Choosing and publishing images of refugees, migrants and people in distress is both painful and difficult, notably when they’re graphic and reach various audiences across multiple media platforms in record time.
Weighty decisions may lead to photos becoming icons and symbols representing all other victims as that of Aylan Kurdi, the Syrian toddler lying face down on a Turkish beach in 2015 that went viral in just three hours.
Media Unlimited director Magda Abu-Fadil discussed the ethical implications and how such pictures can also be (mis)used by politicians to score points and advance their own agendas.
The topic made for an animated discussion during “Movie Night” hosted by the Ethical Journalism Network (EJN) at the December 2017 Arab Reporters for Investigative Journalism’s (ARIJ) annual conference in which she participated as a panelist.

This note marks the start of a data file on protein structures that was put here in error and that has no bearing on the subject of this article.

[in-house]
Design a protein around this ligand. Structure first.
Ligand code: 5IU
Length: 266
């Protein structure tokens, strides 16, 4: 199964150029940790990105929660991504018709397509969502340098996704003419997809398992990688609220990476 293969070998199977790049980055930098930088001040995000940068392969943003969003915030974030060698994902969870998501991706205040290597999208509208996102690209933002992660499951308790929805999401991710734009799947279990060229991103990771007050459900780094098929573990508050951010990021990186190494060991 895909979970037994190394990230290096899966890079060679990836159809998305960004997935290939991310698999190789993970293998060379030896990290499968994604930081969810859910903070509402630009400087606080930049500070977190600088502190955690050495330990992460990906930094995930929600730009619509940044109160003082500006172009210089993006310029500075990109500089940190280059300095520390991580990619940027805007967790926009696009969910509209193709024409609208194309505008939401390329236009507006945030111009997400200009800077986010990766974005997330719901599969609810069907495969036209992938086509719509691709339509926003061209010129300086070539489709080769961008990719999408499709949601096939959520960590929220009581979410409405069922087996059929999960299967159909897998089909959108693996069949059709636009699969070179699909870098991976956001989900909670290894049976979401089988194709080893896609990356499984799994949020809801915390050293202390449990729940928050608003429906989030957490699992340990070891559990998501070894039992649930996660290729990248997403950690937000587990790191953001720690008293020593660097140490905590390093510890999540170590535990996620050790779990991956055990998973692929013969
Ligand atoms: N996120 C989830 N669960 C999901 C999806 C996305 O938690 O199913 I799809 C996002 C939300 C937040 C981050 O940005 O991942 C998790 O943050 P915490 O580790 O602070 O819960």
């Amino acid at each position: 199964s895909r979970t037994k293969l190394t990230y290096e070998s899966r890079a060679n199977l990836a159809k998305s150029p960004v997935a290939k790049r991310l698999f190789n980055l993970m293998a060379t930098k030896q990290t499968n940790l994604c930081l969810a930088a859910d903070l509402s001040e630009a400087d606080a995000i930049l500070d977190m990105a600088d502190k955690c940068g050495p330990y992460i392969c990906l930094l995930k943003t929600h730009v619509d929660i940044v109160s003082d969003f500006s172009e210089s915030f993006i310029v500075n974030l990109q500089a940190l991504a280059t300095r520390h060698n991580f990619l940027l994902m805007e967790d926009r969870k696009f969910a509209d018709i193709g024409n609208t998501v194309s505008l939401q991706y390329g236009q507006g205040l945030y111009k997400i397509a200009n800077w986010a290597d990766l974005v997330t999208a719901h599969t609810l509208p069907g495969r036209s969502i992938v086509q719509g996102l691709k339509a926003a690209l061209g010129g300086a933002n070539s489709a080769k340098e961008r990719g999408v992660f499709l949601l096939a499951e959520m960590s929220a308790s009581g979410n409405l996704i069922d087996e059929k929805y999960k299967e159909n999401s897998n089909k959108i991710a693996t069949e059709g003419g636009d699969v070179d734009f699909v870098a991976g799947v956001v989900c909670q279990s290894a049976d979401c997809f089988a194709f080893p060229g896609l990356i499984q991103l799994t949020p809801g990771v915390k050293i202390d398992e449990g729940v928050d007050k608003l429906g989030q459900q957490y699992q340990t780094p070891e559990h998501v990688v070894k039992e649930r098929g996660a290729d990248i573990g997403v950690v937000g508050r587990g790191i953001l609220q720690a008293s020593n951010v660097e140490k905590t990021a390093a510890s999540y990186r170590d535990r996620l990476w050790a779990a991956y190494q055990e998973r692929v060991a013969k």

The movie in question was “A Sea of Images,” a documentary on how media tackle migrants and refugees from the Middle East and Africa fleeing their troubled lands in a perilous journey across the Mediterranean Sea to Europe.
The film, produced by Misja Pekel and Maud van de Reijt, is part of a series for Dutch public television that examined the connection between media and public opinion.
Refugee fatigue, she argued in the discussion following the film’s showing, can affect journalists’ and editors’ judgment in their choice and dissemination of images, with ethics falling by the wayside.
Aidan White, veteran journalist and director of the Ethical Journalism Network, said three of the Aylan Kurdi pictures were published around the world, but photos could be used in different ways to tell different narratives.
“What that reveals, is that although the pictures are dramatic and important, in the end it’s the context in which the pictures are used by journalists,” White explained.
The ethical use of images depicting migrants, refugees and vulnerable people in the media, and what impact they have on public policy, will continue to trigger debate so long as conflicts, economic and natural disasters cause massive population displacement.